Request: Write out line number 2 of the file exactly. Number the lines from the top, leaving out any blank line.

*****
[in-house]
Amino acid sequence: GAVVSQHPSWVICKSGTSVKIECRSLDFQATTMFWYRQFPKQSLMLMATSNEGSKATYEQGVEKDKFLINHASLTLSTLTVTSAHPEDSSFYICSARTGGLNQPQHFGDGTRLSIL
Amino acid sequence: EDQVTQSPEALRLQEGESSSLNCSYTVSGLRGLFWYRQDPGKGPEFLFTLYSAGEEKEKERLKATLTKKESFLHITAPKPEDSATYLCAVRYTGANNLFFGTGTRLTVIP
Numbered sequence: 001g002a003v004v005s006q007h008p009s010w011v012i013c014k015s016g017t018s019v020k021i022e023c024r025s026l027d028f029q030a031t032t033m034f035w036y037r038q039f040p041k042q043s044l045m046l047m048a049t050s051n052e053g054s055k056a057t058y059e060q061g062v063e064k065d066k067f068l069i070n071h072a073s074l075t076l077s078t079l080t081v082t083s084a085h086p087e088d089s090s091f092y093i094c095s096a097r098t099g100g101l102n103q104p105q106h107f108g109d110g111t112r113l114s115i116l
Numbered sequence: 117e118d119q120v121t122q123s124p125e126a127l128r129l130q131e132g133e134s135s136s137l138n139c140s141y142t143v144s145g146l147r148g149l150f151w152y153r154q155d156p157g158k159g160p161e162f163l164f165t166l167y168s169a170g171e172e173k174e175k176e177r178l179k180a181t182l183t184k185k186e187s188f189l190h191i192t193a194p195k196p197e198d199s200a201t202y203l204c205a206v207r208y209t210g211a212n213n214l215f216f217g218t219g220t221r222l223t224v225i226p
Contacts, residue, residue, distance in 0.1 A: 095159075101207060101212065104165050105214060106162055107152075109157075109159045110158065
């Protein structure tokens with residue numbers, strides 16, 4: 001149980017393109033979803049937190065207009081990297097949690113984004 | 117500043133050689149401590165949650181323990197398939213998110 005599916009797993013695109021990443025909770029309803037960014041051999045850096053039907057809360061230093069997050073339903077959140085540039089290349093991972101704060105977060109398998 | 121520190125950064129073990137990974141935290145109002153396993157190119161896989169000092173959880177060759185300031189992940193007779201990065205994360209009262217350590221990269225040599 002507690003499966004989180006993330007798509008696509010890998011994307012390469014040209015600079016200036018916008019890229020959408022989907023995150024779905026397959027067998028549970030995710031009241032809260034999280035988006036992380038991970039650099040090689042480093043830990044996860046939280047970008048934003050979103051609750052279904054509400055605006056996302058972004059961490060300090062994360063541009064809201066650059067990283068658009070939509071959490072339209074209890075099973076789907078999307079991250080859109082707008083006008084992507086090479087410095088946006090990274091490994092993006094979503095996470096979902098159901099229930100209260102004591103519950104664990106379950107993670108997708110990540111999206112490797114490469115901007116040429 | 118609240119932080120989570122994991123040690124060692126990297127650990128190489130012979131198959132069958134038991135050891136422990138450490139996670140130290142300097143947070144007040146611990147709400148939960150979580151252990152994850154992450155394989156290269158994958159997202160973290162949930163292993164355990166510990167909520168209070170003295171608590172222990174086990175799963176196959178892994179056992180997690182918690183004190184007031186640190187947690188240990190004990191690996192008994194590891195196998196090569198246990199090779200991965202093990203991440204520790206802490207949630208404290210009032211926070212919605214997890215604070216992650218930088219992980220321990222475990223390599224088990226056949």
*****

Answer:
Amino acid sequence: GAVVSQHPSWVICKSGTSVKIECRSLDFQATTMFWYRQFPKQSLMLMATSNEGSKATYEQGVEKDKFLINHASLTLSTLTVTSAHPEDSSFYICSARTGGLNQPQHFGDGTRLSIL